A self-insured pharmacy sued Advocate Aurora Health on Tuesday for allegedly using all-or-nothing contracts to force Wisconsin employers to pay inflated prices rather than steer patients to lower-cost hospitals outside the health system.
Advocate Aurora allegedly charges more than its competitors for routine services like a colonoscopy with a biopsy, which costs $10,700 at Advocate Aurora compared to $4,700 at Froedtert & the Medical College of Wisconsin, according to the lawsuit filed Tuesday in a Wisconsin federal court by Uriel Pharmacy, which offers a self-funded health plan for its employees in East Troy, Wisconsin. The not-for-profit health system operates 27 hospitals in Wisconsin and Illinois.
The plaintiff seeks to represent a class for all businesses, unions and local governments with a self-funded health plan who paid for services from Advocate Aurora in Wisconsin in the last six years. The pharmacy also requested damages and an injunction preventing anticompetitive behavior.
"(Advocate Aurora Health) has gone to extraordinary lengths to suppress innovative insurance products, such as tiered plans, that would reduce costs for employers. And it has used a combination of acquisitions, referral restraints, non-competes and gag clauses to suppress competition from other healthcare providers and attempt to expand its monopoly over acute inpatient hospital services into other, separate markets," the complaint said.
Advocate Aurora said in a statement that it is "mounting a vigorous defense."
"Our data continues to demonstrate the added value we provide for our patients, communities and team members by growing as a system. Through our population health model, we drive efficiency and quality improvements, enhance health outcomes and bend the cost curve," the company said.
The complaint included a range of allegations from forcing all-or-nothing contracts on employers and making employed physicians sign non-compete contracts to rejecting any reference-based pricing models.
Advocate Aurora allegedly told a large vendor during contract discussions that, "you need us more than we need you," illustrating their market power. The health system has the only center offering hyperbaric oxygen therapy in Washington County, the only onsite heart-care team in the Milwaukee region and the only psychiatric hospital in Sheboygan.
Uriel Pharmcy alleged those competitive advantages led to a 20% increase in inpatient prices in the Milwaukee area from 2015 to 2019, according to Health Care Cost Institute data. In 2019, utilization across inpatient and outpatient services in the Milwaukee area were 14% below than the national average, while prices were 44% above the average, HCCI found.
A consultant who has negotiated contracts with Advocate Aurora described the company's negotiating posture is, "you either sign it or we don't do business," the lawsuit alleged.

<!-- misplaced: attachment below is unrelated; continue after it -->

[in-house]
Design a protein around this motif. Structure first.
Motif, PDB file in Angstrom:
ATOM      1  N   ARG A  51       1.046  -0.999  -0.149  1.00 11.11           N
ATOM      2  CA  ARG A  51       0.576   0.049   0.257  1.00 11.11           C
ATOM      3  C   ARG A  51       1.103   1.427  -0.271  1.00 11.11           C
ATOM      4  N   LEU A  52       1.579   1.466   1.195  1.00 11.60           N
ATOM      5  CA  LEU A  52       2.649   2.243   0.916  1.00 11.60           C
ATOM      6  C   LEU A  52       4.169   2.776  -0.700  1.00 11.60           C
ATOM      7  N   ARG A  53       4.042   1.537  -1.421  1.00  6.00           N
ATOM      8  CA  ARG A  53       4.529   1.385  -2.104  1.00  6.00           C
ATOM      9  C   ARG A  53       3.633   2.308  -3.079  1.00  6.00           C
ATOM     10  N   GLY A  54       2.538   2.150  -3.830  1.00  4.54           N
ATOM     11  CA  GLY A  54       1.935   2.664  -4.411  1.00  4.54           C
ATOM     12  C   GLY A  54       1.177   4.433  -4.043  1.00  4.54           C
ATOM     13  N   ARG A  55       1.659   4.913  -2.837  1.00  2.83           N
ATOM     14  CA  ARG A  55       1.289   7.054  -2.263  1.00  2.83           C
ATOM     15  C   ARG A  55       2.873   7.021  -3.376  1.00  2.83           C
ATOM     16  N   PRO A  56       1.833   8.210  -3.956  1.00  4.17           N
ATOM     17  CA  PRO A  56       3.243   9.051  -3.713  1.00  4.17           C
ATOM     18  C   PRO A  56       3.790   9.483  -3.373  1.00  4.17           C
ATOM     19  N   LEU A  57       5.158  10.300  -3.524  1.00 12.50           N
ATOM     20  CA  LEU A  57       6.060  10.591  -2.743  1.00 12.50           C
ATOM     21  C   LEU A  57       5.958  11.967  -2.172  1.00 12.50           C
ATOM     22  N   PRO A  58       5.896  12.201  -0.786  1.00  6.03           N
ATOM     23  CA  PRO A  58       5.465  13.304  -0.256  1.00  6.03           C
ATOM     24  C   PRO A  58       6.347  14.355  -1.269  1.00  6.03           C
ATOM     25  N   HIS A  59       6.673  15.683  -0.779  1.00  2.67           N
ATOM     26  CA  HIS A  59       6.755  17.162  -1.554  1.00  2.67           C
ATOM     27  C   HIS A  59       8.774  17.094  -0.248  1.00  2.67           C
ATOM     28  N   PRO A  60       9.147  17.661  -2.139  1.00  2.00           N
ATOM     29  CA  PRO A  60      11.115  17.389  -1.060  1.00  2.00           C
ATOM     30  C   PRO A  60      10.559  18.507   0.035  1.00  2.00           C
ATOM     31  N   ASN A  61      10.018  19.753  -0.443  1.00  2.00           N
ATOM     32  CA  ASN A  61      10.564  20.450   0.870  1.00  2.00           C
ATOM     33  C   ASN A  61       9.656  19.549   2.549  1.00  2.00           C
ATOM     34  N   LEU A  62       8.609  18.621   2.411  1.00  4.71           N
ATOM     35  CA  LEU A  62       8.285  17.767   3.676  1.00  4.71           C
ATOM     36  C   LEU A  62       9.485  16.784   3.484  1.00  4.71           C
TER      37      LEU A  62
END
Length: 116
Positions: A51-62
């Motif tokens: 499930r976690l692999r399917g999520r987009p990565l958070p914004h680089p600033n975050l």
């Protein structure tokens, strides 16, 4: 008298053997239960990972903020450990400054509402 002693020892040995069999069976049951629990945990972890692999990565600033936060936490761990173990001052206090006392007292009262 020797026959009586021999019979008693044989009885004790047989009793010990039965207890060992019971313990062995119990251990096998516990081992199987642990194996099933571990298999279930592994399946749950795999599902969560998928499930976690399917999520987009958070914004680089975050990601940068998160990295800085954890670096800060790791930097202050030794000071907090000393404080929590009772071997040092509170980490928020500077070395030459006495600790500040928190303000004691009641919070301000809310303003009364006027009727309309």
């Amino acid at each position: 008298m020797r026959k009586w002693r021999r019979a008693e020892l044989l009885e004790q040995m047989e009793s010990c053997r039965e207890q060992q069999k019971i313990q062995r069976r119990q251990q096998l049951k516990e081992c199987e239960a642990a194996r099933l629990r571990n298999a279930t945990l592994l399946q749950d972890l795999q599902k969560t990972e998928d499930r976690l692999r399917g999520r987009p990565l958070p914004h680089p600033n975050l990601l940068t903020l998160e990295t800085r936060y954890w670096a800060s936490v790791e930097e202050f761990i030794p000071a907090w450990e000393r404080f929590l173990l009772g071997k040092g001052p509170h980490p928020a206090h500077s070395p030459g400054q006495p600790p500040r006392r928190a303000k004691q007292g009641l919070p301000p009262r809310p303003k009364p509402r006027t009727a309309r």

Advocate Aurora allegedly implemented a policy on Oct. 1, 2020 that refused to accept payment from or submit claims to self-funded health plans that use reference-based pricing, where payments are based on a percentage above the hospital's Medicare rates.
Anthem, one of the largest insurers in Wisconsin, told a local self-funded health plan that its contracts with Advocate Aurora prevented them from allowing local employers to offer health plans that would incentivize employees to seek lower-cost, higher-quality care outside of the system, the lawsuit alleged.
Both federal and state regulators are eying anticompetitive contracting policies. There are at least 10 proposed bills and lawsuits that aim to limit all-or-nothing, anti-steering or exclusionary provisions in provider contracts.
All-or-nothing contracting policies were the main focus of one of the lawsuits involving Northern California-based Sutter Health, which agreed to pay $575 million last year to compensate payers who allegedly had to pay inflated rates because of practices like all-or-nothing contracting. Then-California Attorney General and the current Health and Human Services Department Secretary Xavier Becerra joined the case in 2018.
But less than a dozen states currently have laws related to anticompetitive contracting in place, according to 2020 data from UC Hastings and UC Berkeley. Only three states have completely banned non-compete provisions in physician contracts; more than a dozen states have some limitations on non-compete clauses.
The lawsuit comes on the heels of Advocate Aurora announcing plans to join forces with Atrium Health, a 40-hospital system based in Charlotte, N.C. The combined organization would have 67 hospitals, an estimated $27 billion in revenue and nearly 150,000 employees across Illinois, Wisconsin, North Carolina, South Carolina, Georgia and Alabama.
Advocate Health Care and Aurora Health Care merged in 2018, and the organization has since looked for merger partners outside of Illinois and Wisconsin.